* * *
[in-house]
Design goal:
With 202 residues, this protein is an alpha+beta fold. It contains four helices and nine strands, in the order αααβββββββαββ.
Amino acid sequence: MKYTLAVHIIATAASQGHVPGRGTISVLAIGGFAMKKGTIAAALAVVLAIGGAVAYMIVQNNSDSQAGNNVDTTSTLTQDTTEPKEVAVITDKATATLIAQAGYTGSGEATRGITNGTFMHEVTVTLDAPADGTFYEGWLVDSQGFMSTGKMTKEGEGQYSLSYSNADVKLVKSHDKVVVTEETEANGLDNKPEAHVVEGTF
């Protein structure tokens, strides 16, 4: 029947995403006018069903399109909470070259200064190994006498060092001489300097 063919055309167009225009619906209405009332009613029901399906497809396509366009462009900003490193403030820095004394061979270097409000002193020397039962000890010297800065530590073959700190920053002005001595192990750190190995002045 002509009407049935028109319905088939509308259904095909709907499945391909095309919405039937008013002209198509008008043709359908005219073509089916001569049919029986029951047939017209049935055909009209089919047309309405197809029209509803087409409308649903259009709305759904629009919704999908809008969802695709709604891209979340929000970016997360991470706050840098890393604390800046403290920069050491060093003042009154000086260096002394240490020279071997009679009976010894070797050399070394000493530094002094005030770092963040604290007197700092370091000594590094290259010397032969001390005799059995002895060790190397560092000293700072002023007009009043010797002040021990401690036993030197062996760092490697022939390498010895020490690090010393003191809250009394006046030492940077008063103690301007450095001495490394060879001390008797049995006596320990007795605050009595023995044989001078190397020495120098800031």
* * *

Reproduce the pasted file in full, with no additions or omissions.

[in-house]
Design goal:
With 202 residues, this protein is an alpha+beta fold. It contains four helices and nine strands, in the order αααβββββββαββ.
Amino acid sequence: MKYTLAVHIIATAASQGHVPGRGTISVLAIGGFAMKKGTIAAALAVVLAIGGAVAYMIVQNNSDSQAGNNVDTTSTLTQDTTEPKEVAVITDKATATLIAQAGYTGSGEATRGITNGTFMHEVTVTLDAPADGTFYEGWLVDSQGFMSTGKMTKEGEGQYSLSYSNADVKLVKSHDKVVVTEETEANGLDNKPEAHVVEGTF
């Protein structure tokens, strides 16, 4: 029947995403006018069903399109909470070259200064190994006498060092001489300097 063919055309167009225009619906209405009332009613029901399906497809396509366009462009900003490193403030820095004394061979270097409000002193020397039962000890010297800065530590073959700190920053002005001595192990750190190995002045 002509009407049935028109319905088939509308259904095909709907499945391909095309919405039937008013002209198509008008043709359908005219073509089916001569049919029986029951047939017209049935055909009209089919047309309405197809029209509803087409409308649903259009709305759904629009919704999908809008969802695709709604891209979340929000970016997360991470706050840098890393604390800046403290920069050491060093003042009154000086260096002394240490020279071997009679009976010894070797050399070394000493530094002094005030770092963040604290007197700092370091000594590094290259010397032969001390005799059995002895060790190397560092000293700072002023007009009043010797002040021990401690036993030197062996760092490697022939390498010895020490690090010393003191809250009394006046030492940077008063103690301007450095001495490394060879001390008797049995006596320990007795605050009595023995044989001078190397020495120098800031």